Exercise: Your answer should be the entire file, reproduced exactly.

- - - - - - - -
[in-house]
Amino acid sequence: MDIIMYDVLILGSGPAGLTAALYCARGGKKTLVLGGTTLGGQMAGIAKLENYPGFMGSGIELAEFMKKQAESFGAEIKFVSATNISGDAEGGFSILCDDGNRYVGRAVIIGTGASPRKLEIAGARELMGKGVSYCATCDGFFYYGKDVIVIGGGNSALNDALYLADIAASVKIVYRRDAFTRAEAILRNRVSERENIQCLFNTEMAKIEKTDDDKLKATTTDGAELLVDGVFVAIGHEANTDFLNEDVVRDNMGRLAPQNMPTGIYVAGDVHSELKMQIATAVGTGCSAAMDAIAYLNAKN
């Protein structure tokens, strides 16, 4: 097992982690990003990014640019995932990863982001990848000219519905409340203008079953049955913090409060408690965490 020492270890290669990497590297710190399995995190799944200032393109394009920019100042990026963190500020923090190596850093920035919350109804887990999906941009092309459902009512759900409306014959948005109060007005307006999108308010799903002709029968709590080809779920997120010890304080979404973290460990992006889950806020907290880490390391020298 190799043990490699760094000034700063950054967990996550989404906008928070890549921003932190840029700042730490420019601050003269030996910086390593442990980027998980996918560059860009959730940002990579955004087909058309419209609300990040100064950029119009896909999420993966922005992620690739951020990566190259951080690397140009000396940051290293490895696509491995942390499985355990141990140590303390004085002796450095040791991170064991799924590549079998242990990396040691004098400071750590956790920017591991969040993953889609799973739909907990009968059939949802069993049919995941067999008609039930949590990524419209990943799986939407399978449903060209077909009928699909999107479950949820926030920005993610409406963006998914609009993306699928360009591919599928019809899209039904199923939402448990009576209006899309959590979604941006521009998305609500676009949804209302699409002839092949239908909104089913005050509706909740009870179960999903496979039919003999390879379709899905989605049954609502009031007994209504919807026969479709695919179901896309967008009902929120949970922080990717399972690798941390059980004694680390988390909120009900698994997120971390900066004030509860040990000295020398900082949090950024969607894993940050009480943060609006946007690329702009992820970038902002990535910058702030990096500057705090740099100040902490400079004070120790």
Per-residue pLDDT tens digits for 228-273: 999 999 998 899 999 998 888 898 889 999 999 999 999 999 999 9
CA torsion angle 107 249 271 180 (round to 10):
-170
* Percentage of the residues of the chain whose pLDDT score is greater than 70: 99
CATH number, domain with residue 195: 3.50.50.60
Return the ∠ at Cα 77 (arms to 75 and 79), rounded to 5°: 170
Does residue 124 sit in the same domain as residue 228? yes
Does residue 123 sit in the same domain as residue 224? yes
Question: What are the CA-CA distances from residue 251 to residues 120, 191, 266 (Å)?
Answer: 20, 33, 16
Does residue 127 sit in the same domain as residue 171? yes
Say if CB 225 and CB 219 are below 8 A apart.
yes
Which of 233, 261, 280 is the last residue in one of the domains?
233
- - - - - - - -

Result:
[in-house]
Amino acid sequence: MDIIMYDVLILGSGPAGLTAALYCARGGKKTLVLGGTTLGGQMAGIAKLENYPGFMGSGIELAEFMKKQAESFGAEIKFVSATNISGDAEGGFSILCDDGNRYVGRAVIIGTGASPRKLEIAGARELMGKGVSYCATCDGFFYYGKDVIVIGGGNSALNDALYLADIAASVKIVYRRDAFTRAEAILRNRVSERENIQCLFNTEMAKIEKTDDDKLKATTTDGAELLVDGVFVAIGHEANTDFLNEDVVRDNMGRLAPQNMPTGIYVAGDVHSELKMQIATAVGTGCSAAMDAIAYLNAKN
């Protein structure tokens, strides 16, 4: 097992982690990003990014640019995932990863982001990848000219519905409340203008079953049955913090409060408690965490 020492270890290669990497590297710190399995995190799944200032393109394009920019100042990026963190500020923090190596850093920035919350109804887990999906941009092309459902009512759900409306014959948005109060007005307006999108308010799903002709029968709590080809779920997120010890304080979404973290460990992006889950806020907290880490390391020298 190799043990490699760094000034700063950054967990996550989404906008928070890549921003932190840029700042730490420019601050003269030996910086390593442990980027998980996918560059860009959730940002990579955004087909058309419209609300990040100064950029119009896909999420993966922005992620690739951020990566190259951080690397140009000396940051290293490895696509491995942390499985355990141990140590303390004085002796450095040791991170064991799924590549079998242990990396040691004098400071750590956790920017591991969040993953889609799973739909907990009968059939949802069993049919995941067999008609039930949590990524419209990943799986939407399978449903060209077909009928699909999107479950949820926030920005993610409406963006998914609009993306699928360009591919599928019809899209039904199923939402448990009576209006899309959590979604941006521009998305609500676009949804209302699409002839092949239908909104089913005050509706909740009870179960999903496979039919003999390879379709899905989605049954609502009031007994209504919807026969479709695919179901896309967008009902929120949970922080990717399972690798941390059980004694680390988390909120009900698994997120971390900066004030509860040990000295020398900082949090950024969607894993940050009480943060609006946007690329702009992820970038902002990535910058702030990096500057705090740099100040902490400079004070120790």
Per-residue pLDDT tens digits for 228-273: 999 999 998 899 999 998 888 898 889 999 999 999 999 999 999 9
CA torsion angle 107 249 271 180 (round to 10):
-170
* Percentage of the residues of the chain whose pLDDT score is greater than 70: 99
CATH number, domain with residue 195: 3.50.50.60
Return the ∠ at Cα 77 (arms to 75 and 79), rounded to 5°: 170
Does residue 124 sit in the same domain as residue 228? yes
Does residue 123 sit in the same domain as residue 224? yes
Question: What are the CA-CA distances from residue 251 to residues 120, 191, 266 (Å)?
Answer: 20, 33, 16
Does residue 127 sit in the same domain as residue 171? yes
Say if CB 225 and CB 219 are below 8 A apart.
yes
Which of 233, 261, 280 is the last residue in one of the domains?
233